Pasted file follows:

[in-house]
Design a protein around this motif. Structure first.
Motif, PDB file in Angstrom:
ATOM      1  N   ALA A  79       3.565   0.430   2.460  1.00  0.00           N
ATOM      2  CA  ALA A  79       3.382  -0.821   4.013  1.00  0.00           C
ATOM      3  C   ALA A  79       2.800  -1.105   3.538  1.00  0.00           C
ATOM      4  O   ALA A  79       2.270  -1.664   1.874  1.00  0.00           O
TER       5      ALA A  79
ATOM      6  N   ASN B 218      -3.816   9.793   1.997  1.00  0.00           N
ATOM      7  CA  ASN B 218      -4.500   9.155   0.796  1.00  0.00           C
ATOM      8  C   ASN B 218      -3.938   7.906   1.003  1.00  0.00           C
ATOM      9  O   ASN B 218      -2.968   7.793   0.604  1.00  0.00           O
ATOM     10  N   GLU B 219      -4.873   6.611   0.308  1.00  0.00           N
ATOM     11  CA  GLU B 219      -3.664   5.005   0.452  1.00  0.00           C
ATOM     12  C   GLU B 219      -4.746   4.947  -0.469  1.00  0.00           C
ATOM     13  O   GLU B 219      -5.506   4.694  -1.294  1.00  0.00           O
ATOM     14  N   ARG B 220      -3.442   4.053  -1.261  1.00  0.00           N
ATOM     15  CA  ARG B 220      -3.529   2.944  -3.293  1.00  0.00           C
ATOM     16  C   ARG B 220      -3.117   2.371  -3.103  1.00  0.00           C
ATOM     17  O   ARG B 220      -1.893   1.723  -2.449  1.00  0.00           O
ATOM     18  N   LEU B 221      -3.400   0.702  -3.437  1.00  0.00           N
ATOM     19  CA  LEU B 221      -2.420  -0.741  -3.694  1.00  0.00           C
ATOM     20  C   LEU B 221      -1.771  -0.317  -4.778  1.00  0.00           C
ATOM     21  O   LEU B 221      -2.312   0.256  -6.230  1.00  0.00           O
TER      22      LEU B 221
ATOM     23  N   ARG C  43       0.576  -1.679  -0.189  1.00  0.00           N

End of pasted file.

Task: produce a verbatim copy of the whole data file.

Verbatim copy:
[in-house]
Design a protein around this motif. Structure first.
Motif, PDB file in Angstrom:
ATOM      1  N   ALA A  79       3.565   0.430   2.460  1.00  0.00           N
ATOM      2  CA  ALA A  79       3.382  -0.821   4.013  1.00  0.00           C
ATOM      3  C   ALA A  79       2.800  -1.105   3.538  1.00  0.00           C
ATOM      4  O   ALA A  79       2.270  -1.664   1.874  1.00  0.00           O
TER       5      ALA A  79
ATOM      6  N   ASN B 218      -3.816   9.793   1.997  1.00  0.00           N
ATOM      7  CA  ASN B 218      -4.500   9.155   0.796  1.00  0.00           C
ATOM      8  C   ASN B 218      -3.938   7.906   1.003  1.00  0.00           C
ATOM      9  O   ASN B 218      -2.968   7.793   0.604  1.00  0.00           O
ATOM     10  N   GLU B 219      -4.873   6.611   0.308  1.00  0.00           N
ATOM     11  CA  GLU B 219      -3.664   5.005   0.452  1.00  0.00           C
ATOM     12  C   GLU B 219      -4.746   4.947  -0.469  1.00  0.00           C
ATOM     13  O   GLU B 219      -5.506   4.694  -1.294  1.00  0.00           O
ATOM     14  N   ARG B 220      -3.442   4.053  -1.261  1.00  0.00           N
ATOM     15  CA  ARG B 220      -3.529   2.944  -3.293  1.00  0.00           C
ATOM     16  C   ARG B 220      -3.117   2.371  -3.103  1.00  0.00           C
ATOM     17  O   ARG B 220      -1.893   1.723  -2.449  1.00  0.00           O
ATOM     18  N   LEU B 221      -3.400   0.702  -3.437  1.00  0.00           N
ATOM     19  CA  LEU B 221      -2.420  -0.741  -3.694  1.00  0.00           C
ATOM     20  C   LEU B 221      -1.771  -0.317  -4.778  1.00  0.00           C
ATOM     21  O   LEU B 221      -2.312   0.256  -6.230  1.00  0.00           O
TER      22      LEU B 221
ATOM     23  N   ARG C  43       0.576  -1.679  -0.189  1.00  0.00           N